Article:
Tom Halla
Reply to  Duster
February 23, 2017 1:45 am

But Jerry Brown means so well in building the train to nowhere, and not doing anything about infrastructure. He can always try to get the Feds to pay for that when it fails/sarc

Reply to  Ed Zuiderwijk
February 23, 2017 7:00 am

There’s an old saying in management:
It’s time to shoot the engineers and start production.
The meaning is that if given free rein, the engineers will always find one more improvement that’s needed before we can begin production. At some point management has to step in and declare that it is good enough.

Reply to  J.H.
February 23, 2017 5:15 am

Parkingsons Law – work expands to meet the time available for completion. When you have a never-ending drought, you feel like you have forever to finish whatever work on the dam needs to be done, so you can go to global warming conferences, read trade journals , etc. When the dam is in danger of being over topped next week, everything is done pronto.

Gareth Phillips
February 23, 2017 1:18 am

Isn’t it about now that some mad as a snake preacher suggests the town is being punished by a vengeful God for one reason or another? Maybe burning a few witches at the stake will be suggested, or seeking out Democratic voters with flaming torches or pitchforks. Does the town have a Gay community I wonder?
I’m sure Pat Robertson will let us know in good time what sin the good people have committed.

Reply to  Gareth Phillips
February 23, 2017 6:15 am

In today’s California, it’s going to be “The DENIERS!” who will be hunted down and burned, for angering Gaia with their pernicious impiety.
The left doesn’t quite yet accept that they have turned into the thing that they have always claimed to have opposed.

Reply to  Gareth Phillips
February 23, 2017 7:02 am

It never ceases to amaze me how socialists are always convinced that everyone else is as full of hatred as they are.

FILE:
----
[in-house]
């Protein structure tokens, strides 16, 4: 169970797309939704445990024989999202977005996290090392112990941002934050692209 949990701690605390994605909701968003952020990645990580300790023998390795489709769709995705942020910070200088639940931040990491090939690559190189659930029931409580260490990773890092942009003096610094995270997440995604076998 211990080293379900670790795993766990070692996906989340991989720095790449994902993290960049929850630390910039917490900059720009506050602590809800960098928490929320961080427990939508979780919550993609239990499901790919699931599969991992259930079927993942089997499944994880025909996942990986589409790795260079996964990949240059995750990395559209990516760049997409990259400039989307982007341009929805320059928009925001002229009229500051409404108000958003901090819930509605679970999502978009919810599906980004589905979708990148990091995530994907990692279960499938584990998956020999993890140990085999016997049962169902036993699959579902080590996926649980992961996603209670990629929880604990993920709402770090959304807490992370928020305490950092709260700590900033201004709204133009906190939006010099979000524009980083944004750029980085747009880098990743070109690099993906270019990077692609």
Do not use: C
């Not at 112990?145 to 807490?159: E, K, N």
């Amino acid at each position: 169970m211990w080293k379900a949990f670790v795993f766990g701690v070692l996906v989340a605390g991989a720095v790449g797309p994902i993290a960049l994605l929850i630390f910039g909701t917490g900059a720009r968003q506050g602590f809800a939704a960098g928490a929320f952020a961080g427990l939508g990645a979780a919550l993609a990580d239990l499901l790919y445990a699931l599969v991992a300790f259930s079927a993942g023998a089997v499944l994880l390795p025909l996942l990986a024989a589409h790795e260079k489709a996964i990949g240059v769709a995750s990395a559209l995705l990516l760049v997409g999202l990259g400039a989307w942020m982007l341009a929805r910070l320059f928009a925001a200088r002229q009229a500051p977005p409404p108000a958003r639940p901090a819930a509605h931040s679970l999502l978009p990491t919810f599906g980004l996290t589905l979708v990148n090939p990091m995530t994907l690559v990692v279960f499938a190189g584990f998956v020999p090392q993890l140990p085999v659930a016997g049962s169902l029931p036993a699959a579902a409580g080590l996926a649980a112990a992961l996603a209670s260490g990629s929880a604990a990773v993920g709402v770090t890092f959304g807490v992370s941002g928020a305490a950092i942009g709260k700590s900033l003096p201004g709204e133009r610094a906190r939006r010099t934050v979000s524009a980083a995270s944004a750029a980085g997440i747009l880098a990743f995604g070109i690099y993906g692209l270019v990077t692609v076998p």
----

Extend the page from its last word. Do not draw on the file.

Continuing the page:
That and their unfailing belief that anyone who isn’t a socialist is stupid.

Reply to  MarkW
February 23, 2017 8:21 am

For them, categorically hating WASPs, or economically successful people in general, is considered virtuous, “correct” opinion. And they will indignantly deny or deflect when their double standards regarding prejudice are thrown up in their faces.
(Protip: In the KKK, categorically hating black people is considered virtuous.)

Bryan A
Reply to  MarkW
February 23, 2017 10:04 am

That is called Psychological Transference
Or slightly illogical projection

Reply to  Gareth Phillips
February 23, 2017 12:11 pm

Pat Robertson is a false prophet so it doesn’t matter what he will say.

February 23, 2017 1:23 am

There are few things in life as humbling as looking up into the sky and seeing a funnel cloud directly overhead – watching as the clouds move in circles.

February 23, 2017 6:13 am

According to the NOAA Storm Prediction Center, so far this year there have been 179 tornadoes reported with the average number reported by this time being 89. So we’re off to a strong start for the tornado season this year and it looks like it will continue. It appears that our string of relatively mild tornado seasons will most likely end this year.

February 23, 2017 6:55 am

Cold air funnel cloud… funny because we had one last week in AZ over Phoenix as well. Does this mean we need a dam? Or another Walmart? Or ???

Reply to  SteveC
February 23, 2017 8:28 am
Pop Piasa
Reply to  SteveC
February 23, 2017 8:51 am

…More trailer parks in Apache Junction!

Pop Piasa
Reply to  Pop Piasa
February 23, 2017 8:56 am

Better yet, a bigger wall around Gold Canyon!

Reply to  Pop Piasa
February 23, 2017 5:49 pm

To keep people in or out?

February 23, 2017 7:21 am

Nothing unusual about high funnel clouds in the Central Valley. I’ve enjoyed watching them many times.

February 23, 2017 4:04 pm

A climate change funnel cloud non the less.

February 24, 2017 1:42 pm

Was thinking about Oroville Dam the other day and remembered seeing the rubber dredger pipe draped over everything as a kid. I was wondering if they could jury rig a big ass pump and run this stuff past the washed out part of the spillway.